Economic woes in Greece have now taken a backseat to concerns of a Chinese recession, according to the latest monthly poll of global fund managers conducted by Bank of America Merrill Lynch.

Fifty-two percent of the respondents, who collectively manage $575 billion worth of assets, said the greatest potential investment risk is the possibility of a recession in China. And when asked if the global economy will strengthen in the coming year, 53 percent said it would, which is down from 61 percent in the prior July survey.

Those polled also said they were allocating fewer investments in equities from emerging markets while also reducing their exposure in the energy sector. By region, the investors said they were still bullish on Europe. When it comes to an interest rate hike, a higher number of respondents expect the Federal Reserve to raise rates in the third quarter.

A rate hike is expected to have an initial negative impact on U.S. equities as it means greater costs to companies. For the retail sector, higher rates means higher credit card terms, which could soften consumer spending. Still, disposable income is expected to stay on its modest upward trajectory. For now, though, China is of growing concern.

“Investors are sending a clear message that they are positioned for lower growth in China and emerging markets,” said Michael Hartnett, chief investment strategist at Bank of America Merrill Lynch Global Research.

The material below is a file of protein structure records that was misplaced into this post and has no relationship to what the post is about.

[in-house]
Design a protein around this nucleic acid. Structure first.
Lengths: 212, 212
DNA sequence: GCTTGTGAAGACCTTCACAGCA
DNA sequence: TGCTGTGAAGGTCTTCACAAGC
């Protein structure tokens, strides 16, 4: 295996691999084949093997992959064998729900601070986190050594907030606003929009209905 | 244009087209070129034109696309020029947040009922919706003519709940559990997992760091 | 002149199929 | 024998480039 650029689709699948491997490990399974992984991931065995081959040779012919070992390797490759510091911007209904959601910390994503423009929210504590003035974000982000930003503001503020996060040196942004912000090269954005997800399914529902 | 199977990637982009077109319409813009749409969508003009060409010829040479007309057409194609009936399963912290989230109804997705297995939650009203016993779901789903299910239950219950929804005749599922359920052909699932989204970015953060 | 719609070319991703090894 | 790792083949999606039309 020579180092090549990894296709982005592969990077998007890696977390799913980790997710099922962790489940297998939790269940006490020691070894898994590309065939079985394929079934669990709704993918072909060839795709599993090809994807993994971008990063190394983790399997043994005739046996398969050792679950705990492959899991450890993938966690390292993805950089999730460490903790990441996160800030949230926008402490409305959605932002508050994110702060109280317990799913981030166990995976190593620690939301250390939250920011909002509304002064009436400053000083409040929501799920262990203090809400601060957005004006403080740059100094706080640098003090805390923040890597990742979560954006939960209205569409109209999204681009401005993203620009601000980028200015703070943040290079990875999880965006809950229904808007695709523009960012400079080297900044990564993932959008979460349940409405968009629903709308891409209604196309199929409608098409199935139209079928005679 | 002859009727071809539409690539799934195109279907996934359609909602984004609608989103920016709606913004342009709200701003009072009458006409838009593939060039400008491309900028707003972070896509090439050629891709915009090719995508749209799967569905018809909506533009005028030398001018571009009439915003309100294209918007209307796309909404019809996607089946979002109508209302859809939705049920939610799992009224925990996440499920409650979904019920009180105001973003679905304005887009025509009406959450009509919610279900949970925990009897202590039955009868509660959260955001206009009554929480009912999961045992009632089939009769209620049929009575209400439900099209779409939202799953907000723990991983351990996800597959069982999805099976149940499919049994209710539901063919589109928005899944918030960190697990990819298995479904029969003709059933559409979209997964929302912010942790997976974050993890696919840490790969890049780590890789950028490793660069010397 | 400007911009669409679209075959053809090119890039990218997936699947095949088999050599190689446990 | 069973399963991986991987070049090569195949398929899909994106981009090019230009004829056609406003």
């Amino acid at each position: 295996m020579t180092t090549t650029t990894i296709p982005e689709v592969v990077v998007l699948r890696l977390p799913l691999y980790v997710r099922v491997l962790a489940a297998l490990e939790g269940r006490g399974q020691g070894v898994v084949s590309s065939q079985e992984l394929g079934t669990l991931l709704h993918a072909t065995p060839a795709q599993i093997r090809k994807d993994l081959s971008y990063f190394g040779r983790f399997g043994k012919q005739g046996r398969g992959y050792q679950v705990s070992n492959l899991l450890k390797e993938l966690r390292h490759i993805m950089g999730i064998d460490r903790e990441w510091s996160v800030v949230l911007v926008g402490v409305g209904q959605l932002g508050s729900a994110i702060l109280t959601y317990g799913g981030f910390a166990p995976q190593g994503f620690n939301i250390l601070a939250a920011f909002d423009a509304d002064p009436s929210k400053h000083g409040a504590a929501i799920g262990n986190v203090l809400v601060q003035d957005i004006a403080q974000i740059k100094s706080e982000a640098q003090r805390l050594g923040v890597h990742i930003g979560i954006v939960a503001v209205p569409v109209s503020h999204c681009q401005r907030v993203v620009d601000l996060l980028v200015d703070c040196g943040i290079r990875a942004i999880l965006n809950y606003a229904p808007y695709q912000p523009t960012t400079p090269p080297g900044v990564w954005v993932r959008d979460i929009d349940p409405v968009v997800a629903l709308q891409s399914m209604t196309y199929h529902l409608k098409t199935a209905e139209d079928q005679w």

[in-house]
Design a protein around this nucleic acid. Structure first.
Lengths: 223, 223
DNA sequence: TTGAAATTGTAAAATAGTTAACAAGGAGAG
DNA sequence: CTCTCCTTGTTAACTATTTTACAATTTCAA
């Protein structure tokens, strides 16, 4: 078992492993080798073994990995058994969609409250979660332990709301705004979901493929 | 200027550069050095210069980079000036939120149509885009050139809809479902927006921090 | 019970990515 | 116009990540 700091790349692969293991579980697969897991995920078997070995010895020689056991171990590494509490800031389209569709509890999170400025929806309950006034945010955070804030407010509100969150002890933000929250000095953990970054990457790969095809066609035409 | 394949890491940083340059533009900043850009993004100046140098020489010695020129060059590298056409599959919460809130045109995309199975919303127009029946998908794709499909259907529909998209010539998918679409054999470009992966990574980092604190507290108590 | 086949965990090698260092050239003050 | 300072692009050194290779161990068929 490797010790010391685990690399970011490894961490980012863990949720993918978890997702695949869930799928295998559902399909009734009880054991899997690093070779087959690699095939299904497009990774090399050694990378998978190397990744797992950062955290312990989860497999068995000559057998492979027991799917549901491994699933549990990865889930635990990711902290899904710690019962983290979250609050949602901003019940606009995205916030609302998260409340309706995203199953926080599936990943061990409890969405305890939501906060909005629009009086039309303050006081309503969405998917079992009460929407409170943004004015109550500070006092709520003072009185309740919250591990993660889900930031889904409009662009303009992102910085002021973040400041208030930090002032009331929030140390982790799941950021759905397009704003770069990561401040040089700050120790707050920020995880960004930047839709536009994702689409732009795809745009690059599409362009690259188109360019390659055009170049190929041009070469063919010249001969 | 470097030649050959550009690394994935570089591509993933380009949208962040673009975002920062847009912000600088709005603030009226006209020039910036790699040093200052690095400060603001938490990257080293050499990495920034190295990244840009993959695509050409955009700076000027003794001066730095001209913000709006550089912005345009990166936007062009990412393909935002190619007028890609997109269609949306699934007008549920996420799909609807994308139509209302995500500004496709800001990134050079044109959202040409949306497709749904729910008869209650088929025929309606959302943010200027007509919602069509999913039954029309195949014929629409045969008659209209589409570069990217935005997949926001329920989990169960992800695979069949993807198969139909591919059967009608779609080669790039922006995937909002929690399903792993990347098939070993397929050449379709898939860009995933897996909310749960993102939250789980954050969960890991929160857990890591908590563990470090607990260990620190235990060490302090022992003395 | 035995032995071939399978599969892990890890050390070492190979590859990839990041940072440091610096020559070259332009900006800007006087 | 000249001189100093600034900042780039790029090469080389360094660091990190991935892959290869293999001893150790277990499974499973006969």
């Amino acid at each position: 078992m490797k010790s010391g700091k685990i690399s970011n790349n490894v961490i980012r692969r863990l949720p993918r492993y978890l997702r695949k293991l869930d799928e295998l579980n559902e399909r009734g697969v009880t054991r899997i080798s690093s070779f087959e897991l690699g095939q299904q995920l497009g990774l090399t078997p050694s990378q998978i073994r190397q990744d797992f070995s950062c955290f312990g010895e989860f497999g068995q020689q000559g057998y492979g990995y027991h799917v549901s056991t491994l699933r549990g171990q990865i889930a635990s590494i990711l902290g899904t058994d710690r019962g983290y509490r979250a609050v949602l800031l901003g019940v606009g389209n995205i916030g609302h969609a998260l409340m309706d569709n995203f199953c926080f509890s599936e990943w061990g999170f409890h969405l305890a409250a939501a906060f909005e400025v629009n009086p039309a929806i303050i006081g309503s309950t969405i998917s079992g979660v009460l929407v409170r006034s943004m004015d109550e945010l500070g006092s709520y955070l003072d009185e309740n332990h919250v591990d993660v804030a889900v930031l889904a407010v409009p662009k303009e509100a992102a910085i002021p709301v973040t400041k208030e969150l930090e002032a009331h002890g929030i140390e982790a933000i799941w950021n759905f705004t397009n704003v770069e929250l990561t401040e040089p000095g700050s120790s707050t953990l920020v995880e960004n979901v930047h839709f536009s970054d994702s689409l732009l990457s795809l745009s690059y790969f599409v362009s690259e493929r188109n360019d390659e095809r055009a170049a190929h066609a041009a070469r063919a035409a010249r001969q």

James Barty, head of European equity strategy at Bank of America Merrill Lynch, added that “European stocks remain in favor — but investors like domestically focused names and are avoiding anything exposed to China or commodities.”

Some of the U.S. public companies with the greatest exposure include Yum! Brands Inc., Broadcom Corp. and Wynn Resorts Ltd. Companies in the retail, fashion apparel, luxury and beauty segments with direct sales in China had taken hits to their stocks over the past few weeks after the country devalued the yuan, but most have since recovered.

In a prior WWD report, Ravi Thakran, managing partner of L Capital Asia, a LVMH Moët Hennessy Louis Vuitton-backed fund, said he expected no impact on the Chinese luxury consumer market.

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